Tribal School

Faith Tribal School

One of the main objectives of the Garston Trust is the advancement of education. The Kings School in Harpenden was birthed in Garston, and the Fingerprints pre-school and nurseries at Garston and Hemel Hempstead also. Alongside our concerns for orphans, we had a concern for the children in Tribal villages, where there was no history of formal education whatsoever. Either because of location, or the need for the children to work to aid family income, we found that in villages where we had established a church, there was a need to provide a school for the children.

Children in the village

Gunter District

We started in the village of Gunter district where we had established Faith Church. There was no school within the reach of the children. None of the parents and previous generations of parents had had any formal education. We approached the parents for their support, but found that from the age of 4 or 5 the children were needed to collect paper and plastic from rubbish heaps, to supplement the families income. The paper/plastic collection one day provided the money to buy rice for the next days.

Over period, we convinced the parents that education was a good thing for their children. Eventually, we offered to provide a main meal for the children, six days a week, throughout the year. The basic plan was to have the children from about 4 to 12 years old in one class, taught, by a Christian teacher, and with a cook/assistant to prepare daily meals. The Pastor would oversee the school. But we teach the Indian curriculum, but teach the children about Jesus, singing Christian children’s songs and praying together daily.

Another tribal village.

Other Villages

In two other villages, were the children had no possibility of attending a school, we have done the same thing, and normally have about 40 children in each school. We use slates and not paper, but sometimes have coloured teaching books for the children. The children are really poor, few have shoes, or more than one set of clothes at a time. The younger boys sometimes do not have trousers. But the children are well behaved in class, attend almost 100 percent, and are sparking bright.

The children use slates.

The idea has been that if we can teach them well, by the time they are 12 years old they should be able to fit in with the other children in the government school. So far about 20 children have done so. But in these Tribal villages, often boys and girls marry from the age of twelve. This results, in addition to the children in the class, there being a row of 13 and 14 year old girls sitting at the back with their babies. Their young husbands would be working to collect rubbish, or in the fields, to provide for their families.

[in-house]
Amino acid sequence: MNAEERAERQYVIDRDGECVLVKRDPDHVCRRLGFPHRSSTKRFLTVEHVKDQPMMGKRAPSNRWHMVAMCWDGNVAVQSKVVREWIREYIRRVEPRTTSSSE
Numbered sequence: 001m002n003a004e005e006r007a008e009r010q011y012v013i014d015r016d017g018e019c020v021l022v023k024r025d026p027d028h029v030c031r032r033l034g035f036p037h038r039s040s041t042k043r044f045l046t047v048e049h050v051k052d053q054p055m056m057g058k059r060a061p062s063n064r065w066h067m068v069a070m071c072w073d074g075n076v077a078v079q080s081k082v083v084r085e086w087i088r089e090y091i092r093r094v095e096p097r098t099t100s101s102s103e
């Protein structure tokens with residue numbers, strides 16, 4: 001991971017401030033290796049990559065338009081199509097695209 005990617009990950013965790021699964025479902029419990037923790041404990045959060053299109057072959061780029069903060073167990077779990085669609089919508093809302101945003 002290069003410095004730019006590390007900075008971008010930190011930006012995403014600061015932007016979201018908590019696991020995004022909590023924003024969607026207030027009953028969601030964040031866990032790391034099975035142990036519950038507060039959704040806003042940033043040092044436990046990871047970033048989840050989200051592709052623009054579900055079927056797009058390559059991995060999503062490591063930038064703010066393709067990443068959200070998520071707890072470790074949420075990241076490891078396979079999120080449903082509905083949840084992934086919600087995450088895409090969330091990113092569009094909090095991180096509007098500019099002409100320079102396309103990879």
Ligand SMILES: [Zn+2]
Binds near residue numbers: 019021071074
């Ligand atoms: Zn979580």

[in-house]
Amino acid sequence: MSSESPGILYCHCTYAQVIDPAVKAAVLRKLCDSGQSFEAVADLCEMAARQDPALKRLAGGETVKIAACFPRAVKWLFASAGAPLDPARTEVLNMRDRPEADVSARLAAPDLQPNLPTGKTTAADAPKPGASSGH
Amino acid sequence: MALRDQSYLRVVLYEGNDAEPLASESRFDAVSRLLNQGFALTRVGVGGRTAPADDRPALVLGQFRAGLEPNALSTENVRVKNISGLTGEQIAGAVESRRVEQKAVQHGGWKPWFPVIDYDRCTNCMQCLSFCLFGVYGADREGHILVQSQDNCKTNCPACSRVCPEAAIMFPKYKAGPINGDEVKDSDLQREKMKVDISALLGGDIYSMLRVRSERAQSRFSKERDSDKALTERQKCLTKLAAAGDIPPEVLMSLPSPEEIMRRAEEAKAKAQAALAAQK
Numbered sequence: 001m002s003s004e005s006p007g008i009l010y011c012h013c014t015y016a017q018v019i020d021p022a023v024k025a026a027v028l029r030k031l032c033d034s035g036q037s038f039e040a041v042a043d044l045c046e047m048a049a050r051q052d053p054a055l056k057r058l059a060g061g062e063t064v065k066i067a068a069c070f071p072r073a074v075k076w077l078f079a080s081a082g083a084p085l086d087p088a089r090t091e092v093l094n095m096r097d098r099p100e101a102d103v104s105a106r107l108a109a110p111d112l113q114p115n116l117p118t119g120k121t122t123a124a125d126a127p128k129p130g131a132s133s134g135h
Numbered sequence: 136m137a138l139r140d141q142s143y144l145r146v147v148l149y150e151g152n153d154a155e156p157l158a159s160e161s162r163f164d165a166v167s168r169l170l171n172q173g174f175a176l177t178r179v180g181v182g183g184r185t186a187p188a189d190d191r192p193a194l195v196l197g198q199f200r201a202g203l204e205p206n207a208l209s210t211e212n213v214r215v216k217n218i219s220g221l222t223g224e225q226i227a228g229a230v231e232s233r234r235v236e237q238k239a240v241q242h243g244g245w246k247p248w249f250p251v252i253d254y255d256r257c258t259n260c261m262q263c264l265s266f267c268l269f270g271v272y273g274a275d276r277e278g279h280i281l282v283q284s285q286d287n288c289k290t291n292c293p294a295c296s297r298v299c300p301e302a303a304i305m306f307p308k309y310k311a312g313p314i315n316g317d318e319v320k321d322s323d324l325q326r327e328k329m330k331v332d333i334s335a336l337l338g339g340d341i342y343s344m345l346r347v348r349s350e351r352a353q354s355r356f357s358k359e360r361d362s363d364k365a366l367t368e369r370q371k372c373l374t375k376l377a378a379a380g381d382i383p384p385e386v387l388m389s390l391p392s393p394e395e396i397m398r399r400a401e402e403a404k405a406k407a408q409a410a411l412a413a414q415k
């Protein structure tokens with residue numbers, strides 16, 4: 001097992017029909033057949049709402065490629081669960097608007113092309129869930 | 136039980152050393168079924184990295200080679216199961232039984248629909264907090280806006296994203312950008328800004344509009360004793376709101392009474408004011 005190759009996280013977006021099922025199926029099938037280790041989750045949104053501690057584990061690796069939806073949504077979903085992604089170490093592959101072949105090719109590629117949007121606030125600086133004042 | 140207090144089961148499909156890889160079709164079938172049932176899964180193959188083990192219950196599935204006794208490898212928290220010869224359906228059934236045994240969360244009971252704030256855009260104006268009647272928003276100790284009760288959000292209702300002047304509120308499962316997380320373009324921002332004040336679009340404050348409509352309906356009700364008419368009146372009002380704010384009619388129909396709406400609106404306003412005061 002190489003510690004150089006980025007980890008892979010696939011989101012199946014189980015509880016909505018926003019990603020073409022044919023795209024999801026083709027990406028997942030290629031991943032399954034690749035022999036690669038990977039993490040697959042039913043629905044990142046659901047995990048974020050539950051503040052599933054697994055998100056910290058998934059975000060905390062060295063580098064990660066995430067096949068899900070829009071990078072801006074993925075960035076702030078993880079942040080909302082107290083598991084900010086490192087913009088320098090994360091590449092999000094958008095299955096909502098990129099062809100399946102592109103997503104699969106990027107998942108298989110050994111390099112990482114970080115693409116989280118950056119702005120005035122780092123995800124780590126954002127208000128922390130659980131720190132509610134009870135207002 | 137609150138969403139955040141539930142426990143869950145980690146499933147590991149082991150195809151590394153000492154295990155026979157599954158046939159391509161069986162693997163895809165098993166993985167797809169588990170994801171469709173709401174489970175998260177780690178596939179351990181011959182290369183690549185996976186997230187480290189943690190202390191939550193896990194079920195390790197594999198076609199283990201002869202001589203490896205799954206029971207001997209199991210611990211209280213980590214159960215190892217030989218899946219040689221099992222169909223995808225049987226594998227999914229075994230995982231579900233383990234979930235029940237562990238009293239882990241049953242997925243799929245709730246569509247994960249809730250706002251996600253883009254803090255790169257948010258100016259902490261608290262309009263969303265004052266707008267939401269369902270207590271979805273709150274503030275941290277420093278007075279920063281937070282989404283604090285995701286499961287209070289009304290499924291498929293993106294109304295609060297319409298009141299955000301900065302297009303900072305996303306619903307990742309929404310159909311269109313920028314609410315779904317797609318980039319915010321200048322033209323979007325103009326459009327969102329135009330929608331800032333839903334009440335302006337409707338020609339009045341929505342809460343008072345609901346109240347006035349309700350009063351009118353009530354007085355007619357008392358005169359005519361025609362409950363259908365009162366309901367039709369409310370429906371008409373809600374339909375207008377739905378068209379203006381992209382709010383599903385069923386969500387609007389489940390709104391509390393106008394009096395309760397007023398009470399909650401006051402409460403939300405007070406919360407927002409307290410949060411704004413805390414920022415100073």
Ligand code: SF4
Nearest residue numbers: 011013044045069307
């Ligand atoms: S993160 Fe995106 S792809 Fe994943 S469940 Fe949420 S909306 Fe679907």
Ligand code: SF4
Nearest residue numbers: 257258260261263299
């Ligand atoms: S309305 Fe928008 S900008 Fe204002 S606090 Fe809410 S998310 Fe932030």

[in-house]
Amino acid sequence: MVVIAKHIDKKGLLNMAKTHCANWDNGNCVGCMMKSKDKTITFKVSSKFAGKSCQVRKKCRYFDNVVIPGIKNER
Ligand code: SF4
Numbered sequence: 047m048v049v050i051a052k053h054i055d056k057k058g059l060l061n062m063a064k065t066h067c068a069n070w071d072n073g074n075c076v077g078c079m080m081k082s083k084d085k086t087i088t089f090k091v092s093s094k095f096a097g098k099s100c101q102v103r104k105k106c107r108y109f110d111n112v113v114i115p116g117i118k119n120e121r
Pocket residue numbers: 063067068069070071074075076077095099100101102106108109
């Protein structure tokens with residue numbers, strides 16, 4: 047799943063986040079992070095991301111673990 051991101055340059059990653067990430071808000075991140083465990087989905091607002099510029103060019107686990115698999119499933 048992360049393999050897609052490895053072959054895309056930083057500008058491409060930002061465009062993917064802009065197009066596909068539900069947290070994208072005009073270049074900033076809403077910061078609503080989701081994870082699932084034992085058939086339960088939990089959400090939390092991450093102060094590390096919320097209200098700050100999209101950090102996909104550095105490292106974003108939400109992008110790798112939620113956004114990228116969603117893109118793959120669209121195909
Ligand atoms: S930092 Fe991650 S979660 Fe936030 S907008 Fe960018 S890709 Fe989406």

The three school have been running for about 10 years now and face real challenges. One school had its building (a shed on the pavement in a crowded tribal area) knocked down by the local council so that the road could be widened to give better access to a recently built Mosque. It’s not possible to buy or even rent a room for school from the Hindus around, so the school meets on a tarpaulin placed at the end of the road. Lessons are limited to times when the area is in shadow, and it is not raining, but the attendance and behaviour of the children is excellent.

A Fourth School

We are now considering a fourth school, for a Tribal group who have been moved from Banana Island by the government to a better piece of land, but is some kilometres from the nearest school. We are currently constructing a building for a church on the site, which we could use for school also.

Finance

Finance is a key issue. The tribal people have lived on the edge of Indian society for generations. They live from hand to mouth, so have no spare money for education, and their offering is usually a small bag of rice. This means that the schools are completely supported from Garston. The Christians teacher’s work for a fifth of teachers minimum pay, and the cook/assistants for a few pounds a month. The children have a meal of riced and dhal, with an egg on Fridays, and sometimes a banana at the start of the day. God provided a series of Christian teachers for this work, without whom it would not exist, and we trust that He will continue to do this.

Things have improved greatly over the past 20 years, but the benefits have not yet reached these people. Please pray that more and more will be saved, and that these children will carry their personal knowledge of Christ into their, homes, so that the new generation of Tribal will know the blessings of God, reflected in whole of their life experience.